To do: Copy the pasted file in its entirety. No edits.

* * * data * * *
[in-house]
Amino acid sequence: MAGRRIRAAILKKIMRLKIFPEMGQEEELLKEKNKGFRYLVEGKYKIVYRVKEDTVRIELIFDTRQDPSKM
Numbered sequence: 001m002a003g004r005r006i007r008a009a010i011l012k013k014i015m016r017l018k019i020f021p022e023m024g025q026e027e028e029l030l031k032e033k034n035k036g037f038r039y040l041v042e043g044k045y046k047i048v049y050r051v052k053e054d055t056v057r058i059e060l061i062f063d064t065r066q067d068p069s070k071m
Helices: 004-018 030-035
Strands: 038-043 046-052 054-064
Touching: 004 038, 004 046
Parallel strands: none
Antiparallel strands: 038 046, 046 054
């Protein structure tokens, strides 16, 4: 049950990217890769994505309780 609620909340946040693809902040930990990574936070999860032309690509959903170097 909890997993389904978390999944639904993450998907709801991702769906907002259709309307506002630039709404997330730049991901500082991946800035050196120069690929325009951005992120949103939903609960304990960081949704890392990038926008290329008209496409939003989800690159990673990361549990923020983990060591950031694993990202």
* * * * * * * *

[in-house]
Amino acid sequence: MAGRRIRAAILKKIMRLKIFPEMGQEEELLKEKNKGFRYLVEGKYKIVYRVKEDTVRIELIFDTRQDPSKM
Numbered sequence: 001m002a003g004r005r006i007r008a009a010i011l012k013k014i015m016r017l018k019i020f021p022e023m024g025q026e027e028e029l030l031k032e033k034n035k036g037f038r039y040l041v042e043g044k045y046k047i048v049y050r051v052k053e054d055t056v057r058i059e060l061i062f063d064t065r066q067d068p069s070k071m
Helices: 004-018 030-035
Strands: 038-043 046-052 054-064
Touching: 004 038, 004 046
Parallel strands: none
Antiparallel strands: 038 046, 046 054
């Protein structure tokens, strides 16, 4: 049950990217890769994505309780 609620909340946040693809902040930990990574936070999860032309690509959903170097 909890997993389904978390999944639904993450998907709801991702769906907002259709309307506002630039709404997330730049991901500082991946800035050196120069690929325009951005992120949103939903609960304990960081949704890392990038926008290329008209496409939003989800690159990673990361549990923020983990060591950031694993990202």